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Luxembourg Prime Minister Resigns: Luxembourg Gladio Veteran Involved in Bugging Scandal


Dave Emory’s entire life­time of work is avail­able on a flash drive that can be obtained here. [2] (The flash drive includes the anti-fascist books avail­able on this site.)

COMMENT: For decades, we’ve spoken of the “Strategy of Tension”–the program of terrorism designed to discredit and criminalize opposition political forces and justify the imposition of anti-democratic statutes.

Eventually, the Italian “Strategy of Tension” [3]Gladio [4]— was revealed as part of a NATO program called “Stay  Behind,” [5] through which security services used fascist cadres to implement the terror. (The cadres were ostensibly designed to foster guerilla-style resistance in case of a successful Soviet invasion or communist takeover in those countries.)

In FTR #44 [6], we analyzed Stay Behind/Gladio’s origins with Nazi/BND spy chief Reinhard Gehlen and the ODESSA postwar SS network.

Luxembourg’s prime minister Jean-Claude Juncker was forced to resign this past week, due to a scandal in which Marco Mille, that country’s intelligence chief, secretly recorded a conversation with Juncker about Stay Behind/Gladio. Implicating the Grand Ducal family of Luxembourg in the scandal, Mille was himself a participant in Gladio/Stay Behind.

We note several things in connection with this scandal:

“Goodbye Mr. Euro? Jean-Claude Juncker May Be Back Soon” by Hans-Jürgen Schlamp; Der Spiegel; 7/11/2013. [9]

EXCERPT: Jean-Claude Juncker, prime minister of Luxembourg and Europe’s longest-serving leader, stepped down on Wednesday over his implication in a spying scandal. But both his friends and his adversaries believe a comeback is likely. . . .

. . . .In the 1980s, Luxembourg spies were involved in a puzzling series of bombings, the circumstances of which remain unclear today. Together with military and intelligence agents from multiple European countries, they were part of Operation Gladio, a clandestine illegal paramilitary organization. They worked as a parallel police force within the country that did what they liked and spied on whomever they wanted, whenever they wanted. Even the prime minister, their constitutionally defined boss, could not rein them in.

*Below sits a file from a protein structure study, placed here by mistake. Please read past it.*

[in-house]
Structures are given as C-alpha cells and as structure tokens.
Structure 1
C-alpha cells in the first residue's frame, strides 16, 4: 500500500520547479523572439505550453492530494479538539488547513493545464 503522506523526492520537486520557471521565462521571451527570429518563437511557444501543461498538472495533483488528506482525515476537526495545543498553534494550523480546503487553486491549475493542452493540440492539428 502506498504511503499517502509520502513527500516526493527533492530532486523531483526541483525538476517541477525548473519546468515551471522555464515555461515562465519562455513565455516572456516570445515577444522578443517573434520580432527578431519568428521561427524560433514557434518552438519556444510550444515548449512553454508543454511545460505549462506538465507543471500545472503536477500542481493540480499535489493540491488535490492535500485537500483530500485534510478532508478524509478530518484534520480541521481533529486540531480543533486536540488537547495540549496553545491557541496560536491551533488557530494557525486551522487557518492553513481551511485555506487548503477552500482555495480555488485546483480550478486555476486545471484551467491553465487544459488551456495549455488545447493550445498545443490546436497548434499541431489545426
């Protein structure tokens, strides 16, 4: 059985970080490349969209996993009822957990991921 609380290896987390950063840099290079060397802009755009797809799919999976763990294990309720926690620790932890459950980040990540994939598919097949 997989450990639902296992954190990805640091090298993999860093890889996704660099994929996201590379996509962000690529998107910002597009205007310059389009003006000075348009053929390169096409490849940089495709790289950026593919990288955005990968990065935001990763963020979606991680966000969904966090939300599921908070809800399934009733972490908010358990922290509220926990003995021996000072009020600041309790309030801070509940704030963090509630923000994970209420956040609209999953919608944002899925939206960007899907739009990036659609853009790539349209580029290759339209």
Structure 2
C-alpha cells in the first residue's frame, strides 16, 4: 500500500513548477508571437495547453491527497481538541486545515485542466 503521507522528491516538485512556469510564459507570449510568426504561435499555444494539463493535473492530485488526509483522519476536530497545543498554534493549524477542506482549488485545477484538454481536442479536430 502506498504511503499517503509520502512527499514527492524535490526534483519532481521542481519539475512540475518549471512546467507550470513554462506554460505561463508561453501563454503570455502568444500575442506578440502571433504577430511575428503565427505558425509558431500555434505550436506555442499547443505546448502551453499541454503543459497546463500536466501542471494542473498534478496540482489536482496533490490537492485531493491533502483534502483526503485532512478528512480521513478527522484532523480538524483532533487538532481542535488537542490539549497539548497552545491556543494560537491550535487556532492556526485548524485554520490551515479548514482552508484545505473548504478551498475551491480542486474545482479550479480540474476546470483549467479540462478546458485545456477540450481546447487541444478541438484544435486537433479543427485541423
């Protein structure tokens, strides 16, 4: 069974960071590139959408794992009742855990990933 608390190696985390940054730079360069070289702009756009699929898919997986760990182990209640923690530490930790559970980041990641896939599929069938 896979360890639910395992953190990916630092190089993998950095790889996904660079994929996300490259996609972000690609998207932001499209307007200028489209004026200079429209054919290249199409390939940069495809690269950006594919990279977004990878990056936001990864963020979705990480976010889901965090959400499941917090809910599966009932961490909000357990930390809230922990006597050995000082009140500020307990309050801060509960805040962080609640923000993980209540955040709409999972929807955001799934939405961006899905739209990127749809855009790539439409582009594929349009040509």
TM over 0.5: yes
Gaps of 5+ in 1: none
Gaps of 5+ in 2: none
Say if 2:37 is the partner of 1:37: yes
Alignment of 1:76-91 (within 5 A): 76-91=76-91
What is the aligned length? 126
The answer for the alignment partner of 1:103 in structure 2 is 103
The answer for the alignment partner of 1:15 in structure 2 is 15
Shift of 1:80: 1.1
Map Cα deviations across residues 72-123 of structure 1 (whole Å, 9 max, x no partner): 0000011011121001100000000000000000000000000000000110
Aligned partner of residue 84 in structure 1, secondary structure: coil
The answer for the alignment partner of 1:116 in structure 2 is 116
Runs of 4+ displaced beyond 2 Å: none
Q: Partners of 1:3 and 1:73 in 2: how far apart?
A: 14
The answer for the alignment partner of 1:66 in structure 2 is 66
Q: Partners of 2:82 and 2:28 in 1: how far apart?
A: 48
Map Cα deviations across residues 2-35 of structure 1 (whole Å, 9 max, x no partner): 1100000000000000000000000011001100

According to the parliamentary report, intelligence chief Marco Mille reported to Juncker in January 2007 wearing a special high-tech wristwatch. It recorded the entire talk. The matter was extremely tricky because the conversation alluded to the possible involvement of the Grand Ducal family. But Juncker didn’t bring it to their attention until the end of 2008. Even then he didn’t take drastic measures. Mille remained in office until 2010, when he became head of security for Siemens. . . .

Lux­em­bourg Min­is­ter Says Ger­many Seeks Euro Zone “Hegemony” by Andreas Rinke; Reuters; 3/26/2013. [10]

EXCERPT: Luxembourg’s for­eign min­is­ter accused Ger­many on Tues­day of “striv­ing for hege­mony” in the euro zone by telling Cyprus what busi­ness model it should pursue.

Like Cyprus, Lux­em­bourg has a large finan­cial sec­tor, whose com­par­a­tively light-touch tax and reg­u­la­tory regime has long irked its much big­ger neigh­bours Ger­many and France.

Ger­many, the Euro­pean Union’s biggest and most pow­er­ful econ­omy, had insisted that wealthy depos­i­tors in Cyprus’s banks con­tribute to the island’s bailout and said the cri­sis has killed a “busi­ness model” based on low taxes and attract­ing large for­eign deposits.

“Ger­many does not have the right to decide on the busi­ness model for other coun­tries in the EU,” For­eign Min­is­ter Jean Assel­born told Reuters. “It must not be the case that under the cover of finan­cially tech­ni­cal issues other coun­tries are choked.”

“It can­not be that Ger­many, France and Britain say ‘we need finan­cial cen­tres in these three big coun­tries and oth­ers must stop’.”

That was against the inter­nal mar­ket and Euro­pean sol­i­dar­ity, and “striv­ing for hege­mony which is wrong and un-European,” he said. . . .

But crit­i­cism from core north­ern states such as Lux­em­bourg — a founder mem­ber of the EU and euro zone — is less common.

Assel­born said it was cru­cial that smaller EU states in par­tic­u­lar were allowed to develop cer­tain eco­nomic niches.

Ger­many should also keep in mind it was a prime ben­e­fi­ciary of the euro zone cri­sis because its bor­row­ing costs have plunged as ner­vous investors seek safe havens, Assel­born added. . . .